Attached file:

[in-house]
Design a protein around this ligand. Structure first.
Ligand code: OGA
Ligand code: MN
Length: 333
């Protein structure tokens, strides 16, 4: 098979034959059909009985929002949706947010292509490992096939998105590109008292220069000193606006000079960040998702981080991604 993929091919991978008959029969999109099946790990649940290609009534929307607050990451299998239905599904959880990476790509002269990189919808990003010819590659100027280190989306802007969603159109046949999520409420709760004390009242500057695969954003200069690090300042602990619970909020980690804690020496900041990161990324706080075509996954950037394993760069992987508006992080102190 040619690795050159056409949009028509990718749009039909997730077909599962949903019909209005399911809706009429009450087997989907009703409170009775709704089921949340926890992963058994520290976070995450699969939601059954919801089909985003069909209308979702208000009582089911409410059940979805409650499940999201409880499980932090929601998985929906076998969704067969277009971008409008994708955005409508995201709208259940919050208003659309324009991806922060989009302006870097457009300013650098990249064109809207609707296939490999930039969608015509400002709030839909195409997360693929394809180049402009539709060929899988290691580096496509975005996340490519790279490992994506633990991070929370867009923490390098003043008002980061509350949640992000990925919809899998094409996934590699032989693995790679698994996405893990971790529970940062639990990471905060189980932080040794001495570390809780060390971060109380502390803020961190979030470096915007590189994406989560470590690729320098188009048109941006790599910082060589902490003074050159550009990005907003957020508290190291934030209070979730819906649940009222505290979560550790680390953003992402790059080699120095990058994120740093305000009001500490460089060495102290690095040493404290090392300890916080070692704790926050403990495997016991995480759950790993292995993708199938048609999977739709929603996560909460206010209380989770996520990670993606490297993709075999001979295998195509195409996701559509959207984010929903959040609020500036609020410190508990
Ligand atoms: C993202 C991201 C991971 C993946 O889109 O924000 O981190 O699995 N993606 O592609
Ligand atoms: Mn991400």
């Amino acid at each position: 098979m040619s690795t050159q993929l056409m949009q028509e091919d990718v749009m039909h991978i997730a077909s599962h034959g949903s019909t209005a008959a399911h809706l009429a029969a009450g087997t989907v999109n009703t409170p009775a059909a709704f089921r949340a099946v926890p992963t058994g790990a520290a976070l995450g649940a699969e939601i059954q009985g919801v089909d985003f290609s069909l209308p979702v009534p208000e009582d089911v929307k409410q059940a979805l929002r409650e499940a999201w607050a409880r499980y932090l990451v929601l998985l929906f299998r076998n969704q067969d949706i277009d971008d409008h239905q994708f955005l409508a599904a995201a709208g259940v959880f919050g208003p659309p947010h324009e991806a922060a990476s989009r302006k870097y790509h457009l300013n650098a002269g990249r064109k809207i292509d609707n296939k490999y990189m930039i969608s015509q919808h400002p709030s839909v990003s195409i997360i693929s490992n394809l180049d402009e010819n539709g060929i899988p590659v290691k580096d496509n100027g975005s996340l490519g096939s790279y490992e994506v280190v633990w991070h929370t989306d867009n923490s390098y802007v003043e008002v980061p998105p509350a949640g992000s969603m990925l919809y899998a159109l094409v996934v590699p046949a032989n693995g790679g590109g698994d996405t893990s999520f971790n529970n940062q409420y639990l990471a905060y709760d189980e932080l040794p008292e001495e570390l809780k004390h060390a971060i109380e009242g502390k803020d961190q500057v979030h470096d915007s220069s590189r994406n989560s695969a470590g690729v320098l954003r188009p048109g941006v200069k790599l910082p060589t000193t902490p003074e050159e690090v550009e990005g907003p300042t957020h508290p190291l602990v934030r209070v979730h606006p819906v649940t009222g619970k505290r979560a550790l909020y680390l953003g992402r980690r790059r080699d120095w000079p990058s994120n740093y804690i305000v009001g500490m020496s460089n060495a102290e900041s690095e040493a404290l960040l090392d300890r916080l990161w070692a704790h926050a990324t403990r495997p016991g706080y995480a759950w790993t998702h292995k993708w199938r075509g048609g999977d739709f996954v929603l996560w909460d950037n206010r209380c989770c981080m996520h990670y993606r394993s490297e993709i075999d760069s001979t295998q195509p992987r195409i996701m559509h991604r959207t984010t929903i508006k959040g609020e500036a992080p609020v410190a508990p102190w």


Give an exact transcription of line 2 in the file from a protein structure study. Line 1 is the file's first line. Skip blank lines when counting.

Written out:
Design a protein around this ligand. Structure first.